by Julie Cohen, contemporary (2006)
Harlequin Mills & Boon, £2.99, ISBN 0-263-84998-8
Married In A Rush features a heroine, Jo Graham, who is also a drama teacher. No big deal, right? Every other heroine in a series romance tend to conform to an acceptable "feminine" job - teachers, boutique owners, et cetera. However, Jo starts out an unrepentant hussy. She likes her men and she likes them hot and fast, changing them as often as she changes her clothes in the name of fun. She even has sex with a man she has just met, Bruno Deluca, in the store room of the National Gallery of London on the day after she has turned down a wedding proposal from a guy and caused the poor man to burst into tears.
How can I not read a story with such a heroine?
Unfortunately, I probably should have known better because this story follows how the heroine ends up becoming a typical romance heroine. After her steamy hello-there-handsome interlude with Bruno, she learns that she is pregnant. On the bright side, she quickly informs him of the unexpected development. He proposes that they marry and this is where the whole story goes completely wrong.
True to braindead romance heroine fashion, Jo immediately insists that the wedding will be in name only, et cetera, and she is never having sex with him again because that will only make her like him better. True to the tune of tired romance novel clichés, I learn that Jo engages in premarital casual sex because she's messed up in her head. After all, good moral women don't do that sex-me-up thing, it's the neurotic and insecure weirdos who take it happily from men they are attracted to. Jo's fear of commitment is so overwrought and exaggerated that I wonder whether she's better off seeing a shrink before she walks down the aisle.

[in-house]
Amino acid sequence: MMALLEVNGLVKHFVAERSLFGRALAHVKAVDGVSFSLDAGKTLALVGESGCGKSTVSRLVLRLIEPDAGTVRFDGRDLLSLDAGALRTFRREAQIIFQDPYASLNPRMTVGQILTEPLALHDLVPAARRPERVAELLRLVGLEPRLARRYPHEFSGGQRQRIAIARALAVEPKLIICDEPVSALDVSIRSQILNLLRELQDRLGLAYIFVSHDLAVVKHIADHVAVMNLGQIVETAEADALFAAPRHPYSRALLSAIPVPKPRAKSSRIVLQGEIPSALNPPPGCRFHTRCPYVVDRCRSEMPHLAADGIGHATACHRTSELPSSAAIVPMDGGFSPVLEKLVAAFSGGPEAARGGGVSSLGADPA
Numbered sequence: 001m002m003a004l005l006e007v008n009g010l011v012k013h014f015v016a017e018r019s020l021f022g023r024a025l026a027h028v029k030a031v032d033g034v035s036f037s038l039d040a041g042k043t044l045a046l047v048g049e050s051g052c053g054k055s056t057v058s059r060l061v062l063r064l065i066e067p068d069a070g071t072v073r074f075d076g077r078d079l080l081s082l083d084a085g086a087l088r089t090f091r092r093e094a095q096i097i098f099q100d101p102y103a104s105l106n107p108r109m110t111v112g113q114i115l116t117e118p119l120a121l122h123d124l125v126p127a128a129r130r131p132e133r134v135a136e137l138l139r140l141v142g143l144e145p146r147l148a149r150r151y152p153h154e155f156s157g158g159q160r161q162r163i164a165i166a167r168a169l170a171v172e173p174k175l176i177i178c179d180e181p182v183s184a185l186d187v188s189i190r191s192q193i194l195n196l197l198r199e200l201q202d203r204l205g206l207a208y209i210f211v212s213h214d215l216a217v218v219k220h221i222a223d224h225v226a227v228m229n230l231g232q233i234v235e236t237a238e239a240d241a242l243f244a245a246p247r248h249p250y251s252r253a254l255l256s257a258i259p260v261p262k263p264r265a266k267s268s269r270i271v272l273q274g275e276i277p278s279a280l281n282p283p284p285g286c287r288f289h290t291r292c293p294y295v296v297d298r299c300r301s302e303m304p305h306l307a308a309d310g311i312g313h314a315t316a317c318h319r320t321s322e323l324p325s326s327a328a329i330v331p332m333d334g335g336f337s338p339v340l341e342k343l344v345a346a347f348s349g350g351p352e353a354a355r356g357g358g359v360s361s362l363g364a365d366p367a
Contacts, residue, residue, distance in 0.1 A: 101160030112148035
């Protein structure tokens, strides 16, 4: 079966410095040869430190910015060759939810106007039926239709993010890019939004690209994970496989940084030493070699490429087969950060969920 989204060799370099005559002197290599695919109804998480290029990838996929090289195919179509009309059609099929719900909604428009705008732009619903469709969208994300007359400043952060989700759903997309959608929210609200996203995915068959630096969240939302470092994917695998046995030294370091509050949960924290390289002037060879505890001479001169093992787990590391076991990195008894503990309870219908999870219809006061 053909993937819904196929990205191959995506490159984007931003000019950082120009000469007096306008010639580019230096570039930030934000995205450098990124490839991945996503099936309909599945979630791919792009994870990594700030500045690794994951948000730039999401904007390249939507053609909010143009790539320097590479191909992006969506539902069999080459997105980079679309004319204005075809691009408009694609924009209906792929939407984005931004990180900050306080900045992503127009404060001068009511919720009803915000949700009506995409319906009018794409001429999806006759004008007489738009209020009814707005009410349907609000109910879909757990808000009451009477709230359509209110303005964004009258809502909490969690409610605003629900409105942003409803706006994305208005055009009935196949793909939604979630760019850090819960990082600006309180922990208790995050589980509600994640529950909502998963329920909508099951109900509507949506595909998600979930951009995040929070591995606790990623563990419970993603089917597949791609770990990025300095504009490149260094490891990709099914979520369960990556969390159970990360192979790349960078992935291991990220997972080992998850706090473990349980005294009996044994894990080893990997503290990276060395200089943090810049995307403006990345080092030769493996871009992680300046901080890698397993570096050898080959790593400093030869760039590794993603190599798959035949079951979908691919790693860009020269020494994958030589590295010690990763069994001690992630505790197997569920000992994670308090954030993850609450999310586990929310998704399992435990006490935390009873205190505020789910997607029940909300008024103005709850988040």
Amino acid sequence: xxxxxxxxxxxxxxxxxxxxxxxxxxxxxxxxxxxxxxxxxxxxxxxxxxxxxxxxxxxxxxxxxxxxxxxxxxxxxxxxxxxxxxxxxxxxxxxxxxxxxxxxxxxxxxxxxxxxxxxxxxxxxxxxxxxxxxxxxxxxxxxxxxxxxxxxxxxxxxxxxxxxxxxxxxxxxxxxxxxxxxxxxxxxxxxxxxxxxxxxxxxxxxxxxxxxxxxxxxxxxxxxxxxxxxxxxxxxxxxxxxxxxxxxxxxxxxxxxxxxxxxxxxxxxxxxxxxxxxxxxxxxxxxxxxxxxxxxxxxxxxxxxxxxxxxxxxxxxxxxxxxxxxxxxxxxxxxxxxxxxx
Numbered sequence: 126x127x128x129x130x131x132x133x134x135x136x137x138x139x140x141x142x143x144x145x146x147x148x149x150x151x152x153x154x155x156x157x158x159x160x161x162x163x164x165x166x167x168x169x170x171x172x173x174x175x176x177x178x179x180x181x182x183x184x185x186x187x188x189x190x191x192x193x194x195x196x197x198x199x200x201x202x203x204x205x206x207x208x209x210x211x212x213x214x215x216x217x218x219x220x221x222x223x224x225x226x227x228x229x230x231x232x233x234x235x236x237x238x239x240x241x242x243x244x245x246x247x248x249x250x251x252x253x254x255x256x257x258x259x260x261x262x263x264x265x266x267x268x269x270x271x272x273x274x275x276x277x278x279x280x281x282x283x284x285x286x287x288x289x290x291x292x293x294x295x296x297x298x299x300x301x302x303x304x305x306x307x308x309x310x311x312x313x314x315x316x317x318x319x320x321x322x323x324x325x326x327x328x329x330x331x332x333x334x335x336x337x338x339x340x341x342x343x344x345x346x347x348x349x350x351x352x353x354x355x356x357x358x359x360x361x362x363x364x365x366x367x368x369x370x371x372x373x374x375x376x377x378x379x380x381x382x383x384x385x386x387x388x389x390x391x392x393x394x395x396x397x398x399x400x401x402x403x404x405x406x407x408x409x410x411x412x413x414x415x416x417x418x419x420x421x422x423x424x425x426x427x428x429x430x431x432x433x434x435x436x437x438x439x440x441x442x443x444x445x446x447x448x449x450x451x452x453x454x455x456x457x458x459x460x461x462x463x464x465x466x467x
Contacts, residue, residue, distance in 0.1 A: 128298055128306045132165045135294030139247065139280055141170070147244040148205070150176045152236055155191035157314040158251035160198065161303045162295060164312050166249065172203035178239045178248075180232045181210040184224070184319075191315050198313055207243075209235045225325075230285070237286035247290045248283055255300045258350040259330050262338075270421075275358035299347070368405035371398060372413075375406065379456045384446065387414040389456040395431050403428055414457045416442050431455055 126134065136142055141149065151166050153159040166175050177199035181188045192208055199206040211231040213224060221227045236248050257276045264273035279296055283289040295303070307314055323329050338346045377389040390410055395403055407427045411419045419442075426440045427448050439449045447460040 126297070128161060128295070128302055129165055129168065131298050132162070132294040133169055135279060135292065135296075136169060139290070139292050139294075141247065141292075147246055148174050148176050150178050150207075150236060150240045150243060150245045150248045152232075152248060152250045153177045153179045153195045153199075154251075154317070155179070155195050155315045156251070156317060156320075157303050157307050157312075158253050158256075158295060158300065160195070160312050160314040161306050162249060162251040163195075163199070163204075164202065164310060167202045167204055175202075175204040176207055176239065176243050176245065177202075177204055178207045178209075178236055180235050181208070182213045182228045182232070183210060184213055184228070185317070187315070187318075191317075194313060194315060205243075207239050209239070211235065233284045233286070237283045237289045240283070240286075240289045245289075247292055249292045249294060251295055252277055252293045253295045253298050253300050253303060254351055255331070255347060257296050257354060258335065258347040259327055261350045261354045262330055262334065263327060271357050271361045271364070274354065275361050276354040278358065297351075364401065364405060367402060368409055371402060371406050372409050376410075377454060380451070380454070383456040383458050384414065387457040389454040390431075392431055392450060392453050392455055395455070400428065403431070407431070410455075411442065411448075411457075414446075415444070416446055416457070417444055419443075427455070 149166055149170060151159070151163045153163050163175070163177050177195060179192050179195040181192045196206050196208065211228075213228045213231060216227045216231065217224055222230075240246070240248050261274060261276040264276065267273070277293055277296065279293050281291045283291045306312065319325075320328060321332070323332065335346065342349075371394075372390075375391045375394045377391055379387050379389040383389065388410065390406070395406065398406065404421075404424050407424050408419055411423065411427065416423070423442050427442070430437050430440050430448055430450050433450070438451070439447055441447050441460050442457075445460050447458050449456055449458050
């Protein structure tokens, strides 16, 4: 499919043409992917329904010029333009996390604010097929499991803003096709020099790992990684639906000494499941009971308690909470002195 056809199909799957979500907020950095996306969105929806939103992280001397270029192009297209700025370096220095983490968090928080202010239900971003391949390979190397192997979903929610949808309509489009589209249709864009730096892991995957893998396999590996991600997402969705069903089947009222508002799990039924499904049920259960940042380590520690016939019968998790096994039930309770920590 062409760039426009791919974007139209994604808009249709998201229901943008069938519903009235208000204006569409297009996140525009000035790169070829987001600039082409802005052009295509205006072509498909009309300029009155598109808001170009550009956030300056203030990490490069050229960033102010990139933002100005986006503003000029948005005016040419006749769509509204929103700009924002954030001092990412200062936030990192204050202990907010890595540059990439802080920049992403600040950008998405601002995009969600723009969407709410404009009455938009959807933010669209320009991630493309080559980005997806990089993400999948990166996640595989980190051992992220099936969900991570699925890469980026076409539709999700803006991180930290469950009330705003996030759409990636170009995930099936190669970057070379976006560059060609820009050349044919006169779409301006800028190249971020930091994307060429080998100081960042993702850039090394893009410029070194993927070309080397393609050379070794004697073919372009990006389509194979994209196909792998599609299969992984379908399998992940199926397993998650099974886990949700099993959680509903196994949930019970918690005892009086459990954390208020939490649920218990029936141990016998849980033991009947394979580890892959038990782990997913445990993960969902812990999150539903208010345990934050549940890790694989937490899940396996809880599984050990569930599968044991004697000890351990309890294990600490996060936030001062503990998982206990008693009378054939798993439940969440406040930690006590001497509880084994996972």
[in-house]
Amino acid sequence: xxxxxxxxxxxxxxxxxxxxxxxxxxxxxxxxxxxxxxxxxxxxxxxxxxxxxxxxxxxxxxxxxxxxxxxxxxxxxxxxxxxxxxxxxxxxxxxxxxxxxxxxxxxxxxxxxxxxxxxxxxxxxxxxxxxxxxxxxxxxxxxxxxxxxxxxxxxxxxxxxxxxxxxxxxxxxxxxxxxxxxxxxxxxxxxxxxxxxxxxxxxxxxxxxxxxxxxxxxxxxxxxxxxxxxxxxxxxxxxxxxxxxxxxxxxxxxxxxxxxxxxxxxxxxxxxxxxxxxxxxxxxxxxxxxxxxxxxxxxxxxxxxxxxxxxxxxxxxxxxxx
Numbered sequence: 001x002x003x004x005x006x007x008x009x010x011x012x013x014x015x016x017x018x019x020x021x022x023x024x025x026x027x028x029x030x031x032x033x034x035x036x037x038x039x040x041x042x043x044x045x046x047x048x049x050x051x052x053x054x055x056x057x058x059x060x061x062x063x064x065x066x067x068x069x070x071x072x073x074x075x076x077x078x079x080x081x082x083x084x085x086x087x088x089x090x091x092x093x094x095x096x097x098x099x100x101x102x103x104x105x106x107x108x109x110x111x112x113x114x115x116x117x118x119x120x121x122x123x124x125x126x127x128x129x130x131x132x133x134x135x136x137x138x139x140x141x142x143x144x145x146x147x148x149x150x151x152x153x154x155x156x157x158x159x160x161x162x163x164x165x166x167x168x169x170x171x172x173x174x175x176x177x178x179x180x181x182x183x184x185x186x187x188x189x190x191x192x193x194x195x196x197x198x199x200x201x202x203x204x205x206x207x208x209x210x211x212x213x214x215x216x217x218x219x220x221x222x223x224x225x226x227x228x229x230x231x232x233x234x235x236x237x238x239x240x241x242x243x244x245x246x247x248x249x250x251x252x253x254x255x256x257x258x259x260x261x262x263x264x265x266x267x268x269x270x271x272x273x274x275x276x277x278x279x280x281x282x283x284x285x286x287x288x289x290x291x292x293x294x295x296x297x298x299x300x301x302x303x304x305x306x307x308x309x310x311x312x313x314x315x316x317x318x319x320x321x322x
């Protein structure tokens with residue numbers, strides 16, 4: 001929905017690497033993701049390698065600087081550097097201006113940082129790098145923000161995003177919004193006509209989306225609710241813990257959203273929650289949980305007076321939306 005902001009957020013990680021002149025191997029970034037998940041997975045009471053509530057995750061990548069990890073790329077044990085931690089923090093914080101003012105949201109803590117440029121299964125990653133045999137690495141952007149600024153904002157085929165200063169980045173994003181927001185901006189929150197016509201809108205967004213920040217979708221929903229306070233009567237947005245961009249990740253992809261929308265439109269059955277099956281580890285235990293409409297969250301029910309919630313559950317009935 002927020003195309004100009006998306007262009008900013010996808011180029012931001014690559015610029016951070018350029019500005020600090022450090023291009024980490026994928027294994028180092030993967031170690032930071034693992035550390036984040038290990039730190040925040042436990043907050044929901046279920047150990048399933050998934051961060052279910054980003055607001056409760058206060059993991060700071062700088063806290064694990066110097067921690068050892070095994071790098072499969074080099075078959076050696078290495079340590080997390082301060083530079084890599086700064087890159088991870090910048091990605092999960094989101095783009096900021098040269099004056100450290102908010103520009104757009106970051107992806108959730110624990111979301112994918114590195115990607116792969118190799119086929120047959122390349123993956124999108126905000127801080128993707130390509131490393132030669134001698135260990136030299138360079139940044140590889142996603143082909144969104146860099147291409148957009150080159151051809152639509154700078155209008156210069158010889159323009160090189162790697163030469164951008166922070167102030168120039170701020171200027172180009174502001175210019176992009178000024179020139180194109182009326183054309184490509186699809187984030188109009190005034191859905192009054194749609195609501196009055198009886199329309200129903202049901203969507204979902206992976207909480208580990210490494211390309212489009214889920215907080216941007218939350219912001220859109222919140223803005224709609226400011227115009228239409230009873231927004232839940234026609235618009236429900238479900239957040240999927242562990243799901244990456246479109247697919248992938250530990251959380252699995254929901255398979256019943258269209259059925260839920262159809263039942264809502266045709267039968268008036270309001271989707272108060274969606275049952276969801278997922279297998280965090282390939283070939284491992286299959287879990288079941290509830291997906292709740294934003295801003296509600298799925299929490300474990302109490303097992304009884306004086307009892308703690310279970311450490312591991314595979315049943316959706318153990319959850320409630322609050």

Fortunately for my blood pressure, Jo isn't a complete dummy so as the story progresses, she can change for the better. Unfortunately, this comes only after I have to sit through a long and painful ordeal of having to follow Jo as she behaves like a neurotic ninny. Maybe one can blame her overwrought hysteria on her pregnancy, but because Jo is so irritating here, I'm not inclined to be so understanding.
Bruno is a much nicer character. He is a former player who has mellowed after the death of his twin brother. He moves to London to be close to his late brother's wife and infant child. No, don't worry, it's not like he's trying to woo his brother's wife or anything like that. He is hoping instead to play the loving uncle to that kid. Only, his sister-in-law sees her late husband every time she looks at Bruno and therefore the arrangement is not an entirely painless one. Bruno is the perfect gentleman here, but he has to be, given that someone has to be wise in this story and that someone sure isn't going to be that overwrought drama queen Jo.
Because Jo is smart enough to pull herself together in time for the wedding and the happy ending, this story ends on a high note. Unfortunately, it's not as enjoyable to follow Jo as she tries her best to imitate a typical dim-witted Harlequin Blaze heroine. Ultimately, I have to say that it is a disappointing experience to follow an unusual heroine like Jo being forcefully knocked up and fit into the typical series romance heroine mold.
This book at Amazon.com
This book at Amazon UK
Search for more reviews of works by this author: